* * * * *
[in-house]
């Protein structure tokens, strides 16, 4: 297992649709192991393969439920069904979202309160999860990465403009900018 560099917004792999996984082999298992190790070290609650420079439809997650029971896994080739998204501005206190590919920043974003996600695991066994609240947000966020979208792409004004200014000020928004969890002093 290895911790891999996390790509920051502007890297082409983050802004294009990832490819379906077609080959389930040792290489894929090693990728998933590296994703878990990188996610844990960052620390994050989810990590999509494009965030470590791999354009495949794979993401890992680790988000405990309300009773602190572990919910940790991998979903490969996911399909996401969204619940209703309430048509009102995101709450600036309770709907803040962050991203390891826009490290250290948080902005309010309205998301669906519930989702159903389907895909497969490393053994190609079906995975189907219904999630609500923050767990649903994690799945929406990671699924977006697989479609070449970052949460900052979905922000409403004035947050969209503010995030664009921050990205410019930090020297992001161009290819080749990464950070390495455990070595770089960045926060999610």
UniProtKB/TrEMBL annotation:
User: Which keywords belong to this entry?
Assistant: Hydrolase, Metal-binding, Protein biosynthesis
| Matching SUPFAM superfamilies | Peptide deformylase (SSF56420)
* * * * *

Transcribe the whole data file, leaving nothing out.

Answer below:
[in-house]
């Protein structure tokens, strides 16, 4: 297992649709192991393969439920069904979202309160999860990465403009900018 560099917004792999996984082999298992190790070290609650420079439809997650029971896994080739998204501005206190590919920043974003996600695991066994609240947000966020979208792409004004200014000020928004969890002093 290895911790891999996390790509920051502007890297082409983050802004294009990832490819379906077609080959389930040792290489894929090693990728998933590296994703878990990188996610844990960052620390994050989810990590999509494009965030470590791999354009495949794979993401890992680790988000405990309300009773602190572990919910940790991998979903490969996911399909996401969204619940209703309430048509009102995101709450600036309770709907803040962050991203390891826009490290250290948080902005309010309205998301669906519930989702159903389907895909497969490393053994190609079906995975189907219904999630609500923050767990649903994690799945929406990671699924977006697989479609070449970052949460900052979905922000409403004035947050969209503010995030664009921050990205410019930090020297992001161009290819080749990464950070390495455990070595770089960045926060999610």
UniProtKB/TrEMBL annotation:
User: Which keywords belong to this entry?
Assistant: Hydrolase, Metal-binding, Protein biosynthesis
| Matching SUPFAM superfamilies | Peptide deformylase (SSF56420)